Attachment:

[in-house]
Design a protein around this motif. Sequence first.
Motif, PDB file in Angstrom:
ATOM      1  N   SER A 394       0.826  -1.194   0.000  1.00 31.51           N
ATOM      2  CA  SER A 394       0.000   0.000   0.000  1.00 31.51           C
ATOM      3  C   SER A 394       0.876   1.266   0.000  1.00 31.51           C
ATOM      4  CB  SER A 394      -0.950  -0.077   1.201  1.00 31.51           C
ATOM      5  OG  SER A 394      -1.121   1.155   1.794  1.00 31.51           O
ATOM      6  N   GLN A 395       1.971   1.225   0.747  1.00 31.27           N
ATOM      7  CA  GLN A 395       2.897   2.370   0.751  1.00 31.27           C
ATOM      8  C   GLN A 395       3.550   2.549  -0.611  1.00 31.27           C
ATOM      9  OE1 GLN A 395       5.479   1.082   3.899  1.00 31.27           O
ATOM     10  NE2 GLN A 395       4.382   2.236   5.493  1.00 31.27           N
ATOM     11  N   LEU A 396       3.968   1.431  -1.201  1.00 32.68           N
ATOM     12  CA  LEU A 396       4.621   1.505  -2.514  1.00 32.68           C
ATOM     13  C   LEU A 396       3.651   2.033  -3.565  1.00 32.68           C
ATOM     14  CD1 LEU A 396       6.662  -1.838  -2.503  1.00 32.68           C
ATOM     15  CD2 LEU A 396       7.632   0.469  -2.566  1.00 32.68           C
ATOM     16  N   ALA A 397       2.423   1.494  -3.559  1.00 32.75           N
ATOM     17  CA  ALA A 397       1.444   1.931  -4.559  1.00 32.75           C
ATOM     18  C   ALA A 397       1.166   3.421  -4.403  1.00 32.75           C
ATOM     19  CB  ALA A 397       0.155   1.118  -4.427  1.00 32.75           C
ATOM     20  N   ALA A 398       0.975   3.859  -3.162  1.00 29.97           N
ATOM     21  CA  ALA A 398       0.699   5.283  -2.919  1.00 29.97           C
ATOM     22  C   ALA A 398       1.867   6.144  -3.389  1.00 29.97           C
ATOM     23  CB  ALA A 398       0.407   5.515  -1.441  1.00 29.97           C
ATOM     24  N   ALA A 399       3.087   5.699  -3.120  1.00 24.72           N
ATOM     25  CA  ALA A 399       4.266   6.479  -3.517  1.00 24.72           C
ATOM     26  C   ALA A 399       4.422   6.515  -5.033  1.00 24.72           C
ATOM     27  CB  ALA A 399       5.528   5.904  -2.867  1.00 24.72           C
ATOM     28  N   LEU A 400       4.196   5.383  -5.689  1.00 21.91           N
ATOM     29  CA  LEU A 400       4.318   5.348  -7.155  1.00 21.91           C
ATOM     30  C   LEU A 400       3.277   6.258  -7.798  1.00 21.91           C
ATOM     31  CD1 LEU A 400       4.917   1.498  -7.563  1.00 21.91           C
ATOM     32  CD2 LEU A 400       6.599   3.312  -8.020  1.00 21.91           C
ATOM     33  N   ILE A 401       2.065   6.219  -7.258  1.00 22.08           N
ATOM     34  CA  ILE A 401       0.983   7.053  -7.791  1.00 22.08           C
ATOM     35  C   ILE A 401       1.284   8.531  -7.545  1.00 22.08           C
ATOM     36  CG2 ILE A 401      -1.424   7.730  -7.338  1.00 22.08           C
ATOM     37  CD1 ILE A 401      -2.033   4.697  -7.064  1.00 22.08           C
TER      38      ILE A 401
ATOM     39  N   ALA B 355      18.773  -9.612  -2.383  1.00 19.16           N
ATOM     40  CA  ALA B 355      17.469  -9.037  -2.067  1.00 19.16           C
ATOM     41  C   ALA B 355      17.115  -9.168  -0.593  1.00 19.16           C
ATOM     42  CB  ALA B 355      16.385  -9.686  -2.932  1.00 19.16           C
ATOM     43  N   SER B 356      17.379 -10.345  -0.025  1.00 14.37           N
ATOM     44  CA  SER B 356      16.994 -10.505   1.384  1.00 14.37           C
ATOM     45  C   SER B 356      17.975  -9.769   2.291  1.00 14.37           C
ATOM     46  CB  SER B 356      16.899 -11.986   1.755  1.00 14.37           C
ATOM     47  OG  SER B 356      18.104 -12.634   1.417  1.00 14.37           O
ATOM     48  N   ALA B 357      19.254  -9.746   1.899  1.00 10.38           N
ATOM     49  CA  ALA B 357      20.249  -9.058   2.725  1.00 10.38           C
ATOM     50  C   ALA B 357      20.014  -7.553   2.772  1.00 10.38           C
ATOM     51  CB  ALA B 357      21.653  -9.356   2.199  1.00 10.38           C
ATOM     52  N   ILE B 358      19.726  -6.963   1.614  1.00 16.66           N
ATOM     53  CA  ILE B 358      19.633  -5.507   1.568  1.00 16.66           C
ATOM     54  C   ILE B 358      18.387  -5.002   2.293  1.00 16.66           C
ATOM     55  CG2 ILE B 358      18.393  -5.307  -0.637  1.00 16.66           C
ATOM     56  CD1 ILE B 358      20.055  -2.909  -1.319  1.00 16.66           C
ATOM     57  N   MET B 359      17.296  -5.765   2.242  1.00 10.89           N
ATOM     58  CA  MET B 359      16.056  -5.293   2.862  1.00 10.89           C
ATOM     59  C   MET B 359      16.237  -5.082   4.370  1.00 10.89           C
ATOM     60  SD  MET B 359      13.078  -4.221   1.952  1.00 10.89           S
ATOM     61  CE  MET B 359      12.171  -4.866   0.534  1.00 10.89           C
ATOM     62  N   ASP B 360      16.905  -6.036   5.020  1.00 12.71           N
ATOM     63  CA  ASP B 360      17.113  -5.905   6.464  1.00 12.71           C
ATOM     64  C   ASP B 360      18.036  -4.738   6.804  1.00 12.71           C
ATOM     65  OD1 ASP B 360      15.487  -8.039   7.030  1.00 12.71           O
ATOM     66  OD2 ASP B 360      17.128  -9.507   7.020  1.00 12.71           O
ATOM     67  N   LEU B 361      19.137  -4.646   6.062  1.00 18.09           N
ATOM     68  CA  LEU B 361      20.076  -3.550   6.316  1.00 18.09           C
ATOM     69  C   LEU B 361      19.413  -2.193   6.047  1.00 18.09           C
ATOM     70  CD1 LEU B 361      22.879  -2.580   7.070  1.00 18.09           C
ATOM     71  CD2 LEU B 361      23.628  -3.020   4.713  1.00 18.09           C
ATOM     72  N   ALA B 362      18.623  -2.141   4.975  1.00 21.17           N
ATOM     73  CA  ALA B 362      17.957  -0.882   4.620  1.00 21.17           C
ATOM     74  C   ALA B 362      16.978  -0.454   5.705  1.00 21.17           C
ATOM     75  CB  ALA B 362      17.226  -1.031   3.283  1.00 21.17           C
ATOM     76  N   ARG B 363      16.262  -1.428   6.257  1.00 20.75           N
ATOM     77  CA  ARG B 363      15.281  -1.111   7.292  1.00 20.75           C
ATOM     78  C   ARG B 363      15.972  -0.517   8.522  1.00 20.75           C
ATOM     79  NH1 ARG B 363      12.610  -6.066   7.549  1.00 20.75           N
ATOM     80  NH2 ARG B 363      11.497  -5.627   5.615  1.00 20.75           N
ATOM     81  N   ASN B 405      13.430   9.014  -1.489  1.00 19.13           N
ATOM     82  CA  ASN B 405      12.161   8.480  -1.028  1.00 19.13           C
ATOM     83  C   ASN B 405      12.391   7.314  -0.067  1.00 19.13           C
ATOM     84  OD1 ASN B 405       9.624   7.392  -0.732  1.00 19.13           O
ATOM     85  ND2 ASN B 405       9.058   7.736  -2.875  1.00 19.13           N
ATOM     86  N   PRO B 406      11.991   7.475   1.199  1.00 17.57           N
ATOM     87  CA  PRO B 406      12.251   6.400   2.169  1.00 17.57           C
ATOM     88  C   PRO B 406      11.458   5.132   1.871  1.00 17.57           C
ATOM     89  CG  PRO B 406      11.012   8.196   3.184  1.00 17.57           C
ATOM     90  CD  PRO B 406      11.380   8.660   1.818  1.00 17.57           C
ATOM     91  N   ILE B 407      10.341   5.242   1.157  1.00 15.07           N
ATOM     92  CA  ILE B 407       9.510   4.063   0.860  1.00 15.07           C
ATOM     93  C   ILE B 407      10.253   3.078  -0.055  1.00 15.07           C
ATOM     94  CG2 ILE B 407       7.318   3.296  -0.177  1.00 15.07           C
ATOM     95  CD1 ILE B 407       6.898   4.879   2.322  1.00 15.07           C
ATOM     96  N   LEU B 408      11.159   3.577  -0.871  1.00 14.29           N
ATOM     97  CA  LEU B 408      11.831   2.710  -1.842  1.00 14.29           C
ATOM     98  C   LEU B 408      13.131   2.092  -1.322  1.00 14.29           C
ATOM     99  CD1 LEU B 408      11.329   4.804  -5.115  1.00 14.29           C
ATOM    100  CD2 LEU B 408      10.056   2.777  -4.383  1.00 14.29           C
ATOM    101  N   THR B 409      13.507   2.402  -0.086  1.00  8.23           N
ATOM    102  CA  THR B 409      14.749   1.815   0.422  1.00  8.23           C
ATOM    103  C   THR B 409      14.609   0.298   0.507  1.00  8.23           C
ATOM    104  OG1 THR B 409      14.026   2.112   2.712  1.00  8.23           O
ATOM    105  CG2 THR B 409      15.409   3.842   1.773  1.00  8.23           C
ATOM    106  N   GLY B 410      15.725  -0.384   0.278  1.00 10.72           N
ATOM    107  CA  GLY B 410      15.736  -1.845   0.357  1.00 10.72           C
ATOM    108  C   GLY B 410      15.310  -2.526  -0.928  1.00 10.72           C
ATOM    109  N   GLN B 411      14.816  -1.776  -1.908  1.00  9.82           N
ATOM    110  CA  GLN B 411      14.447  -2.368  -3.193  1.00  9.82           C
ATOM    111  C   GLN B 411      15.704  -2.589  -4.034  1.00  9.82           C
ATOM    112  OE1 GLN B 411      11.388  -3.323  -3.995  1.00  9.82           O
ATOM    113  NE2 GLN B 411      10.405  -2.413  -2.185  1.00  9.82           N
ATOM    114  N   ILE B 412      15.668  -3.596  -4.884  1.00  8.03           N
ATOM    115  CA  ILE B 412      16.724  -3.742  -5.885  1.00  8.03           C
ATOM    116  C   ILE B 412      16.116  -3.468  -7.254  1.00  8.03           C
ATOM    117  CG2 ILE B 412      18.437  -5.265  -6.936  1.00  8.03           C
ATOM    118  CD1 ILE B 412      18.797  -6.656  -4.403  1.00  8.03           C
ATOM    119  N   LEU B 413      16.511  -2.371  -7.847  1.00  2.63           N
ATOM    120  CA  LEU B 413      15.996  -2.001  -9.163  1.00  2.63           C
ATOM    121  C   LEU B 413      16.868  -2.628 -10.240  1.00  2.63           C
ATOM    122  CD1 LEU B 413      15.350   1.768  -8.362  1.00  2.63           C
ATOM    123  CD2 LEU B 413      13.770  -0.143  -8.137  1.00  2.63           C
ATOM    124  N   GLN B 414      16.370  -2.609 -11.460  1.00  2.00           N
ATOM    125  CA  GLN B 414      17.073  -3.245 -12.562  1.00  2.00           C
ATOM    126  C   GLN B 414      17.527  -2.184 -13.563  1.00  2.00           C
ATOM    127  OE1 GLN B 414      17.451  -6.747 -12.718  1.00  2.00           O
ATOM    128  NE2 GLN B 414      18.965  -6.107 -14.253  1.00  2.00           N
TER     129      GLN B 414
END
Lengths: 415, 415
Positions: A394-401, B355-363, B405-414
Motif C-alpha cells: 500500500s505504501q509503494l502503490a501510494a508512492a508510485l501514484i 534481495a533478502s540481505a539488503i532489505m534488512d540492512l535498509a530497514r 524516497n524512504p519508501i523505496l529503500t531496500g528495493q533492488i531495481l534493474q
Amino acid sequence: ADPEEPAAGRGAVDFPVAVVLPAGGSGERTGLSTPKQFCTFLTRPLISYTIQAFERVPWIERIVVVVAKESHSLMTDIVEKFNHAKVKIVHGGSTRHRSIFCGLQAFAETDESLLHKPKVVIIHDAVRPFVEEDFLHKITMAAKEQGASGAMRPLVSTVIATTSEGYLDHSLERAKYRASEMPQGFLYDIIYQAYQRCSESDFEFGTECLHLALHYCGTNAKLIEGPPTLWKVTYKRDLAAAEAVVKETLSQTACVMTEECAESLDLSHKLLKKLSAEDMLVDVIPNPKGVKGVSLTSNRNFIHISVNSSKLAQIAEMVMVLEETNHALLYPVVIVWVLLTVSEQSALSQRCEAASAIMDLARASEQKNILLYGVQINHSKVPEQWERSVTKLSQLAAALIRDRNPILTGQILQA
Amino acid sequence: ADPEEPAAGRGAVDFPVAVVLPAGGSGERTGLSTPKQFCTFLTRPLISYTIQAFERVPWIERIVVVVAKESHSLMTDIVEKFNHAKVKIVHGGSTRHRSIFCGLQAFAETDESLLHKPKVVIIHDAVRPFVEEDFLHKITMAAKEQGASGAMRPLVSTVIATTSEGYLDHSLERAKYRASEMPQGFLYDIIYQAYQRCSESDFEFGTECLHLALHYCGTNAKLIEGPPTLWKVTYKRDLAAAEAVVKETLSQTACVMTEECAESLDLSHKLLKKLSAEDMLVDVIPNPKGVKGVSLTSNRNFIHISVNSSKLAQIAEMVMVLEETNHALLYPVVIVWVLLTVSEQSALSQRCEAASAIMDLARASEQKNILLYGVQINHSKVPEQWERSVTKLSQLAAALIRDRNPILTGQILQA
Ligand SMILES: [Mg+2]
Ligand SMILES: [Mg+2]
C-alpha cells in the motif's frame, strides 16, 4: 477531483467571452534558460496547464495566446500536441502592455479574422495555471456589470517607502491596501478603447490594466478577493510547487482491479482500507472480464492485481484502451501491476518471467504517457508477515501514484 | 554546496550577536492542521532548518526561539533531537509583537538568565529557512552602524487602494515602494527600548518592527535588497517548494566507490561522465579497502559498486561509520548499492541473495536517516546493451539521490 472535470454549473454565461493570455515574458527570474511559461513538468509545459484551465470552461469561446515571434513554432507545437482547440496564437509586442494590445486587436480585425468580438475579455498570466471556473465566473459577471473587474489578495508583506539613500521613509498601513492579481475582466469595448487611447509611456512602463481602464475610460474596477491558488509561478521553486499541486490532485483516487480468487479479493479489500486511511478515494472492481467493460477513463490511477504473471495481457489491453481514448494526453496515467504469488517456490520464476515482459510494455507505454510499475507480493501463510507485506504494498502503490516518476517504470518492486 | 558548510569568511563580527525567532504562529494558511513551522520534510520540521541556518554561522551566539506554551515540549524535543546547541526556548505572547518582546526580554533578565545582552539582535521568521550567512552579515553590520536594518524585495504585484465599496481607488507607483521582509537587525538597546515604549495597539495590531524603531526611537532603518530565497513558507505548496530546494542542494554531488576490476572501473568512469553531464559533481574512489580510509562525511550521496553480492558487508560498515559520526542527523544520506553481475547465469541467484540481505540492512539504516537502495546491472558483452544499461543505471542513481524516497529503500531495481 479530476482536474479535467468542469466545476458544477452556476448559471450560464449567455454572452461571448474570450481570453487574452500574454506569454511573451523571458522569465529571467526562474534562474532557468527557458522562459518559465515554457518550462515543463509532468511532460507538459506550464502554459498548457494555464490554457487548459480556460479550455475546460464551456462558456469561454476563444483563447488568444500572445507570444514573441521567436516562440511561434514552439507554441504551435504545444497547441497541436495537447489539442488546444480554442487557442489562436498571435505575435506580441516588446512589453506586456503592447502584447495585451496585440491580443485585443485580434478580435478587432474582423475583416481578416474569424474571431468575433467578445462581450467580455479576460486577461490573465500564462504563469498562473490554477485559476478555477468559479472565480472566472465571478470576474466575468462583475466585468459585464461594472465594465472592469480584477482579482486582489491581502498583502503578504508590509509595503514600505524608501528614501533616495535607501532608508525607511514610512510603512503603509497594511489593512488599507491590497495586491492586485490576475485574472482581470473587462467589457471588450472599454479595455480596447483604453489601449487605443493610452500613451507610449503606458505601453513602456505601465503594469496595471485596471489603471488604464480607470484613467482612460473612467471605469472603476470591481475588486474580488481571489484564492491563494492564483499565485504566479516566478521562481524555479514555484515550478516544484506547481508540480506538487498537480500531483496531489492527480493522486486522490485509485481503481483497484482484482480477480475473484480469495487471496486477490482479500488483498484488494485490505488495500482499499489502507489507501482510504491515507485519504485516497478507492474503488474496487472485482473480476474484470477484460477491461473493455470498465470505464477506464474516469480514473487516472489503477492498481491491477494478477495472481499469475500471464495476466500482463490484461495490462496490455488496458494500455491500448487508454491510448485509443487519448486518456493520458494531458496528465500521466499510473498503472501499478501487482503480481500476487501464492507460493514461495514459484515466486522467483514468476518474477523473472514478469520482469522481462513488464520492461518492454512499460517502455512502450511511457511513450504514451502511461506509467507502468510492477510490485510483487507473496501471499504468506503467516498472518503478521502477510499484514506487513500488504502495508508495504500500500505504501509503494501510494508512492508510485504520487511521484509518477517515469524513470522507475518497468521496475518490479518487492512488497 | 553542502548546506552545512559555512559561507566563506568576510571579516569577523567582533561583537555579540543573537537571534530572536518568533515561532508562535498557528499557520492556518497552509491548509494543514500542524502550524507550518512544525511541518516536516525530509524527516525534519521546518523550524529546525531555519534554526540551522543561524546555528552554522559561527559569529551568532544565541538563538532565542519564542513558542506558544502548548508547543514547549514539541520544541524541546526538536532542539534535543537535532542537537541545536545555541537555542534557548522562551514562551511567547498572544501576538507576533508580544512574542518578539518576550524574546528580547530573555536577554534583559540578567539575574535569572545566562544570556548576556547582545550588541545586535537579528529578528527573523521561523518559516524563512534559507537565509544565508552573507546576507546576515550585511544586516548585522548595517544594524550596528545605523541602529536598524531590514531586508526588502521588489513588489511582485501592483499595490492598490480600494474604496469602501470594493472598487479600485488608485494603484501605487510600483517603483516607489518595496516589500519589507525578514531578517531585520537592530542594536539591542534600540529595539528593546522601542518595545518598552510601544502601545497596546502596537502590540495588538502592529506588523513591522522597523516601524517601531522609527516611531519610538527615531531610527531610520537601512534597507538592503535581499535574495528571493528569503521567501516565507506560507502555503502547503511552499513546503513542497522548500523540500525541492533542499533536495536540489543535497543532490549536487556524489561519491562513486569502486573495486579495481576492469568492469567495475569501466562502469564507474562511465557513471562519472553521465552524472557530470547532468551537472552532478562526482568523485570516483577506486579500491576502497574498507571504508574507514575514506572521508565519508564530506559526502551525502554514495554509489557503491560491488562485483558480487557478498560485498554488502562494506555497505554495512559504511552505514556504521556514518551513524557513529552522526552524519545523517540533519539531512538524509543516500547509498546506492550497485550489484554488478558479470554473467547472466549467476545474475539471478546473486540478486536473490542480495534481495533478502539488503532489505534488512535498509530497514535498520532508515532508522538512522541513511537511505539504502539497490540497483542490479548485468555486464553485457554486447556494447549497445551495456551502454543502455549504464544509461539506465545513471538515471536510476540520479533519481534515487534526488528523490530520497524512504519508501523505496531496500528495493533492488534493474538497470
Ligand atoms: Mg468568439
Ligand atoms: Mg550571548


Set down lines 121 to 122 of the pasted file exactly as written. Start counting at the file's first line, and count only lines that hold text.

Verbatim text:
ATOM    118  CD1 ILE B 412      18.797  -6.656  -4.403  1.00  8.03           C
ATOM    119  N   LEU B 413      16.511  -2.371  -7.847  1.00  2.63           N